Hey Hey Hey! Man, it has been a wild week. I don't have a ton of time to email this week so this email will most likely be all over the place. Be patient with me. First of all, sorry for the late email. Of course yesterday was President's day so all of the libraries were closed. Hopefully you will forgive me for keeping my transfer information to myself for an extra day. 

As you probably guessed I got transferred from the Ames ward. I am currently serving in the East Moline, Illinois area, in the Riverbend 2nd Ward. Crazy stuff. I guess I am now on the other side of the Mississippi for a while. I have only been here for a few days but I love it already. On my first day, we taught two restoration lessons on people’s door step and even found a new investigator.  It is very different than Ames, Iowa. Moline is pretty close to some huge corporations. John Deere and Tyson's both have huge plants here. Because of that, there are a ton of immigrants from Africa here. There are ton from a French speaking country called Togo. It is awesome. They are so nice! They all just work and work and send all their money they can back home to Togo. Pretty humbling talking to some of these people. We are so blessed!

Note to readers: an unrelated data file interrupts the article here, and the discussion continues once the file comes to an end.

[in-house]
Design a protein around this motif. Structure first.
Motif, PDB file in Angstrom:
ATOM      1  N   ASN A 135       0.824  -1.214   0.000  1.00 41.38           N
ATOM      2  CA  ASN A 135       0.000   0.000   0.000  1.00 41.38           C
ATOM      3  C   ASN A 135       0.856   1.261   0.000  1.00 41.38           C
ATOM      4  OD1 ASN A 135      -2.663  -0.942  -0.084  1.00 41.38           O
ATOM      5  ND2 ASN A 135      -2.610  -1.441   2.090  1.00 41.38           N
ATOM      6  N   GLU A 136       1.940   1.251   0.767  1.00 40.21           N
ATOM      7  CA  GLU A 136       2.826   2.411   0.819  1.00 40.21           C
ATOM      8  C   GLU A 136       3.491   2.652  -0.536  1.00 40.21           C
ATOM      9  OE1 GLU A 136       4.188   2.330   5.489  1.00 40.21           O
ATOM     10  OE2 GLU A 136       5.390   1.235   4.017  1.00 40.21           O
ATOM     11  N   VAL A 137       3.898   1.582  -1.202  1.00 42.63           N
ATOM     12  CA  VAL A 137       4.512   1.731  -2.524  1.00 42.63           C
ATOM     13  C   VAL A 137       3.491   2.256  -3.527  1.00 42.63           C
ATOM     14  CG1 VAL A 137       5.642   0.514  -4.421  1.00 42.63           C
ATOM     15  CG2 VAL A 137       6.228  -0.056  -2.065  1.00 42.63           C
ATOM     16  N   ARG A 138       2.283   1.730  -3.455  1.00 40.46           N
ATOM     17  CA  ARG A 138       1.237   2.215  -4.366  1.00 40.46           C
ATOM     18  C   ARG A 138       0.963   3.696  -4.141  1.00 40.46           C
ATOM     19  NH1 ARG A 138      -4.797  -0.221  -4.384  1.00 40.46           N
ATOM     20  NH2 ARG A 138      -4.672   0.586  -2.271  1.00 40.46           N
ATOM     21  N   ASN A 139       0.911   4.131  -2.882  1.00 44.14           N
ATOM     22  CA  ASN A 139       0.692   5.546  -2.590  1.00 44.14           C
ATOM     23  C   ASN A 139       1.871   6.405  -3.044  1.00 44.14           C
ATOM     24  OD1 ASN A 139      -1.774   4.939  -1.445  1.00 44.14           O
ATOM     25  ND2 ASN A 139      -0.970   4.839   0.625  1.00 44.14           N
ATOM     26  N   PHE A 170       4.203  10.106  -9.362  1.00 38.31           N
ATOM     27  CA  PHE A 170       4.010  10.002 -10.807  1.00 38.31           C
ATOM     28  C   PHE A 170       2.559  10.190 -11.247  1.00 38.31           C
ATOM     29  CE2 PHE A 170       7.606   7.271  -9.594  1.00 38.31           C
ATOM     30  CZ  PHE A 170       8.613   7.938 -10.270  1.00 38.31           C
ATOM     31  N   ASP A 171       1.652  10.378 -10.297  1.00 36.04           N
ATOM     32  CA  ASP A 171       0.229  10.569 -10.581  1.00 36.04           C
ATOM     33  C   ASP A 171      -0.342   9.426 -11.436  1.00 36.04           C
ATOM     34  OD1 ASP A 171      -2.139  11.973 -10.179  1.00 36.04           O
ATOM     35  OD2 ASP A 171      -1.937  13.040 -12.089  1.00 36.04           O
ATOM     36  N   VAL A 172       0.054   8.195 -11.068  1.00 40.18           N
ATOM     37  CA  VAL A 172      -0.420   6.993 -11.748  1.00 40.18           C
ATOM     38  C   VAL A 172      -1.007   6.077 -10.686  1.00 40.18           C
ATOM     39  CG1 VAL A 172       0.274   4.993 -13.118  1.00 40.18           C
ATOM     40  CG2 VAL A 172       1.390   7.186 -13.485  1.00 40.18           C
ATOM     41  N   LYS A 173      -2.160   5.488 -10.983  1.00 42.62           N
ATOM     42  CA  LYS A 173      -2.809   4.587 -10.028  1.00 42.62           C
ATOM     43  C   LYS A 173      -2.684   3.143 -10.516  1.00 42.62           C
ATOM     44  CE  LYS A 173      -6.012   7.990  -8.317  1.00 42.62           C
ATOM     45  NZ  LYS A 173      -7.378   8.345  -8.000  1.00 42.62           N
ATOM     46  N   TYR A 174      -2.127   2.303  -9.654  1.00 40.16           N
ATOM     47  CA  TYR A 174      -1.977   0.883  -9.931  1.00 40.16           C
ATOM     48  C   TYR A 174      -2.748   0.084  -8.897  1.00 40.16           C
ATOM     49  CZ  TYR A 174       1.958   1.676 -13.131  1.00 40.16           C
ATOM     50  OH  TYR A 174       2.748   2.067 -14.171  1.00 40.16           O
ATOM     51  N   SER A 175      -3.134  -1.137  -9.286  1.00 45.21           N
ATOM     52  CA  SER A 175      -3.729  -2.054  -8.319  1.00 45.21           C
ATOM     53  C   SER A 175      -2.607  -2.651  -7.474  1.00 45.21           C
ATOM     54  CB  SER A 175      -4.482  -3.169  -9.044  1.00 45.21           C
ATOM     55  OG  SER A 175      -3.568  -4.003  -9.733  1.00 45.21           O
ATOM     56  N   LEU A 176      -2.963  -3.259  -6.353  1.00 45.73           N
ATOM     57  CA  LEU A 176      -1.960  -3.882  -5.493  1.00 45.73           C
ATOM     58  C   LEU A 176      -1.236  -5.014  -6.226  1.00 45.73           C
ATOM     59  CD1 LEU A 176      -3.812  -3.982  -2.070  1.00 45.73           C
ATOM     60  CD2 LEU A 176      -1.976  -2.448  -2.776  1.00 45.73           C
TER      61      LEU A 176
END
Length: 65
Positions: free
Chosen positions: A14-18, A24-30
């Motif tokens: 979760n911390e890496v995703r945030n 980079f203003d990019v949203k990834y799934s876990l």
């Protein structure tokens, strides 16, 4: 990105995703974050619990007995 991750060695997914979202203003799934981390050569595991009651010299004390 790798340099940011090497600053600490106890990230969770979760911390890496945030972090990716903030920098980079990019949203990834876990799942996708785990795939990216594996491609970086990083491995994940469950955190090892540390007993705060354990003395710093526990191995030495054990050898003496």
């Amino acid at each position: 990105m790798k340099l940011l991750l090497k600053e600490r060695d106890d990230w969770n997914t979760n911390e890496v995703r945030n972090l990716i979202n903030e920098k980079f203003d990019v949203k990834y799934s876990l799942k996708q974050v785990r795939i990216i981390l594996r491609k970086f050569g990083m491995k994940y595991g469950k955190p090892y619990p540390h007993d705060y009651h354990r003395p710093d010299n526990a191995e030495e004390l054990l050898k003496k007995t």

My new companion's name is Elder Blau from Emit, Idaho. He actually came out with Elder Balderston, so I had met him before while at the new trainers meeting. He loves missionary work and has a super strong testimony and love for others. There is always something to learn from your companions so I am excited to learn from him. One thing that is super sweet is that we are in a car share with Elder Seljaas and one of the guys in my MTC district. We are around each other all of the time so it has been awesome to hang out with those guys. Don't worry I dunked on Elder Seljaas a few times yesterday during P-Day. He is a stud! We have already had some good times.